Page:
By Charles Kibirige
A colleague asked me recently at lunchtime, “Charles, as someone who grew up in Africa and is now an American citizen, how would you describe your current racial experience in the USA? Has it changed since you came here?”
That was a chance to think about a subject I have talked about privately but never written about until now. I told my colleague that I feel more uncertain about my future today than when I first came to this country. What I hear and read in social media and the news have sowed seeds of doubt and uncertainty. I hope it will change, but it is as scary as it is disappointing.
Most of my experiences with race in the USA have been in the form of micro-aggressions, the everyday, subtle, intentional or unintentional interactions that communicate some sort of bias toward historically marginalized groups.
My very first experience happened back in 2003. I had been in the USA for two years, and I don’t know why it took that long, but it happened. I was a young priest invited to a family gathering in a predominantly white neighborhood, and my host called me to give me some tips. Essentially, he told me that the police might stop me for no reason other than being a black man in a white neighborhood. My host suggested I wear my official clerical dress to the party in order to avoid a surprise police check. He apologized, even as he stated that this was unfortunately true for anyone of my race. This was an early lesson in the history of race in the USA for me.
America is a country that has always held a promise of safety, freedom, and endless possibilities for someone like me, who grew up an orphan in a Third World nation and survived three devastating wars. In the twenty years since I came to this country, I have experienced some fulfilment of this promise, but my race still stands in the way of the full promise.
This brings me to micro-aggressions, from both friends and strangers. For instance, I am often asked “Where are you from?” or “Where did you learn to speak such good English?” The subtle message is clear: I am a foreigner. I usually respond by saying that it is not fair to expect me not to speak or write good English.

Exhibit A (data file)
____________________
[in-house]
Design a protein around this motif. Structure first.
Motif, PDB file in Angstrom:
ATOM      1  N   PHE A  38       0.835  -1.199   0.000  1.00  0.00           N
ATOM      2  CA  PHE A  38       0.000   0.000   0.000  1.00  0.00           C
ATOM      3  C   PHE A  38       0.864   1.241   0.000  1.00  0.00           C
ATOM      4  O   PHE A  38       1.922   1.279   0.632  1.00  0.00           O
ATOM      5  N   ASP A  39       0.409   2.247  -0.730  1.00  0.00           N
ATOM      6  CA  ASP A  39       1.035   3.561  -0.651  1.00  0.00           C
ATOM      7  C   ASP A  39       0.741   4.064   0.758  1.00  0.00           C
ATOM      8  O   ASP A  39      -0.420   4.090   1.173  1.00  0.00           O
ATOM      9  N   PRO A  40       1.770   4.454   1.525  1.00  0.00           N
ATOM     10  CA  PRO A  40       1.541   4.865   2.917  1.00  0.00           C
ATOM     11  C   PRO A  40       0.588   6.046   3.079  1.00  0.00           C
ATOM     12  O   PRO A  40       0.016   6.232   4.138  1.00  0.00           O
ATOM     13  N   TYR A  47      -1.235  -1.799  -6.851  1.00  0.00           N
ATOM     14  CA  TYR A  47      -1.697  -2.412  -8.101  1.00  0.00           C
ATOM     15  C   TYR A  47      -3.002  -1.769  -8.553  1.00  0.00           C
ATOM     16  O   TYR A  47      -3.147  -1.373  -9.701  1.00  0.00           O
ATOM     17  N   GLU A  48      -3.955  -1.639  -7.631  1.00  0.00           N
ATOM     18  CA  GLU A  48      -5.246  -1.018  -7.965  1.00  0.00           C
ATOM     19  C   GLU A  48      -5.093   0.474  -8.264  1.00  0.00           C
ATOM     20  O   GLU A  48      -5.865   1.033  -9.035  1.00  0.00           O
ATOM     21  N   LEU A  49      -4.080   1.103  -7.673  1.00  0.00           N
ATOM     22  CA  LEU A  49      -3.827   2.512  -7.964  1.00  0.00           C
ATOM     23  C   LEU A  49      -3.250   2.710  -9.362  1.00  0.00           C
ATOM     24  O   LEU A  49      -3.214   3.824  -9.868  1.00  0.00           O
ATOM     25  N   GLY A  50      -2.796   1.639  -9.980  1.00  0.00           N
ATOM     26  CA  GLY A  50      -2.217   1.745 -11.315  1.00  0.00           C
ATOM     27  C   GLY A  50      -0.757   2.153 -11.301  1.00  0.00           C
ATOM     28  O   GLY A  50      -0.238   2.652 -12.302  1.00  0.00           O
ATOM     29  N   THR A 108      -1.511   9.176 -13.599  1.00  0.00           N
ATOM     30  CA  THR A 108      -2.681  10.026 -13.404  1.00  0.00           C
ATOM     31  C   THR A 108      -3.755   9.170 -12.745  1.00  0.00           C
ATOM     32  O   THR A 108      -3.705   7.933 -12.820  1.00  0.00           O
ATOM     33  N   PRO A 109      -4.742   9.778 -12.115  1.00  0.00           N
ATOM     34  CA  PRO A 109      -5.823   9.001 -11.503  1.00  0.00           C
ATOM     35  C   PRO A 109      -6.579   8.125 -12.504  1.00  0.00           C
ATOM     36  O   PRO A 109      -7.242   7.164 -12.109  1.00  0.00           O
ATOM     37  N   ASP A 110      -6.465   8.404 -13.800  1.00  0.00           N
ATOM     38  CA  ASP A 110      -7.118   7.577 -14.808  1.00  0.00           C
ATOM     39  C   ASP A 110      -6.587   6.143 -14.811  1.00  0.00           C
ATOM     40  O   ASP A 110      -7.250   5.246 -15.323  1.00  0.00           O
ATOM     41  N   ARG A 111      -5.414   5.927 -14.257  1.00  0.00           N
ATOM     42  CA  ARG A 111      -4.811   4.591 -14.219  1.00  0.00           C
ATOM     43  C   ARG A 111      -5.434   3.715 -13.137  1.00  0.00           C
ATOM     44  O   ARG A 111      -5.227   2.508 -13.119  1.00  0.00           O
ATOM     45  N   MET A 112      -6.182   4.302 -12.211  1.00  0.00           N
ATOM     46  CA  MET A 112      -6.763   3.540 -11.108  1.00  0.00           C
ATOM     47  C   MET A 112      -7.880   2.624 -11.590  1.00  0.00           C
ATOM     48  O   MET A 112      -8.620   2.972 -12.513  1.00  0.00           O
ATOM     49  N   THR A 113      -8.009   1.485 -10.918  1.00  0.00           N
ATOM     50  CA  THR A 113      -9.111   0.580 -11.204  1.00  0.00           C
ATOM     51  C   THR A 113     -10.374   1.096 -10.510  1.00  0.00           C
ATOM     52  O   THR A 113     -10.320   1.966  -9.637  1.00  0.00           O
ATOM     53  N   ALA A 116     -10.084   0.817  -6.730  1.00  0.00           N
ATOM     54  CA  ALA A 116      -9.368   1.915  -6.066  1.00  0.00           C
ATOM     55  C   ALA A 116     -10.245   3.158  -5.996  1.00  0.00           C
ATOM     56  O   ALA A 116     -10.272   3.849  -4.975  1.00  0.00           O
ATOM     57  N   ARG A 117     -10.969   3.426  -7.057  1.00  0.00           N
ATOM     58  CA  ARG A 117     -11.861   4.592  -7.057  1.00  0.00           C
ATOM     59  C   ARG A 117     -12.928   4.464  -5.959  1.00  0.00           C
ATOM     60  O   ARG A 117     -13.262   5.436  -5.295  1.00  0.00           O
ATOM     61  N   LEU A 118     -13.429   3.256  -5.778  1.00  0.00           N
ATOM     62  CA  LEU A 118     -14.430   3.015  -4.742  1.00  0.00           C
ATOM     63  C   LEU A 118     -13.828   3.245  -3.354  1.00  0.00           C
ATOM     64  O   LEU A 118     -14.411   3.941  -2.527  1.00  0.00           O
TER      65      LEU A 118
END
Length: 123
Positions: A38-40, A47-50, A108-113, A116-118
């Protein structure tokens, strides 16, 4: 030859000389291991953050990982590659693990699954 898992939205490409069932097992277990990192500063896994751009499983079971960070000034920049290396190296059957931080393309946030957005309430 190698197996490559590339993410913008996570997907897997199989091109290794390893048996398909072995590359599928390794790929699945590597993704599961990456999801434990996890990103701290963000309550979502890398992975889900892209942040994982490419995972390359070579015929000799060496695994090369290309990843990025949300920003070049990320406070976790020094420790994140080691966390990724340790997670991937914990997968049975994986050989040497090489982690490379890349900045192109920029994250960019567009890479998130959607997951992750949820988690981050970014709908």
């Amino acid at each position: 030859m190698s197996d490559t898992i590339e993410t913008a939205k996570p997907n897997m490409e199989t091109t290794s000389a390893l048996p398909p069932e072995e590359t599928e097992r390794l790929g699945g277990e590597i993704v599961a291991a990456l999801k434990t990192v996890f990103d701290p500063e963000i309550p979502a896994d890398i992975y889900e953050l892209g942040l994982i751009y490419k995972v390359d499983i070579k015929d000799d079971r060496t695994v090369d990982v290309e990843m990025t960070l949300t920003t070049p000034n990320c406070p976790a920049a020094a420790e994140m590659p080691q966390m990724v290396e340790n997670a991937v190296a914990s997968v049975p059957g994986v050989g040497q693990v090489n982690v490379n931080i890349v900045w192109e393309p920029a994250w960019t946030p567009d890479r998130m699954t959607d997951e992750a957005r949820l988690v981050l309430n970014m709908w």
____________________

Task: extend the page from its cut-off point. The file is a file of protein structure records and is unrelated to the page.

Another example was when an intern addressed me as “you people.” I summoned the educator in me and reminded the intern that I was an individual with a unique cultural heritage. I also reminded him that such attitude went against everything a professional chaplain is supposed to be. Another time, a clerk followed me around the store pretending to clean up something. I have seen this phenomenon on TV but never thought I would one day be a victim of such blatant profiling. I often laugh it off and ignore it eventually, because it is so ridiculous.
But the worst of this attitude happened back in 2014 at a furniture store when a clerk said to my face, “Are you sure you can afford that furniture?” He made the shocking assumption about my financial status based on nothing other than my appearance. I sarcastically expressed how his attitude is such an asset to his company. I felt it important to speak up and speak out in the moment against this blatant stereotyping.
Race has never been a factor in where I chose to live or work or send our child to school, but I am frustrated to be reminded of it regularly. A little over a year ago, a fellow first grader told my daughter that she looks like poop. I know they were both kids, but kids do not live in a vacuum. I told the teacher that I would not tolerate harassment toward my daughter regardless of who propagated it. It is bad enough to know that you have little control over a situation. But it is even worse to feel like the only thing some people see about you is the color of your skin. It makes you feel invisible. I worry about how to navigate these challenges as I raise my daughter.
Olufunke Oba, a fellow African who is a professor of social work at the University of Regina in Canada, has written an article in which she shares some of her approaches to racism. I agree with her that I may not be able to change the world, but addressing micro-aggressions gently “in here” can affect the work we do “out there.” It is not enough that things happen to us, it is important that we reflect on them to make meaning of the experience and grow.
That is why when anything happens today, I have resolved to be more intentional in addressing the issue right away in a meaningful way instead of harboring fear or resentment. I ask questions to check out the intentions of the perceived micro-aggressor, so that moment becomes less of a confrontation and more of a learning opportunity – such as the intern who addressed me as “you people,” or such as my daughter’s teacher. It is important to address these issues in real time, because these moments hold the opportunity for learning and growth for both parties.
Charles Kibirige, BCC, is staff chaplain at Saint Joseph Mercy Oakland in Pontiac, MI.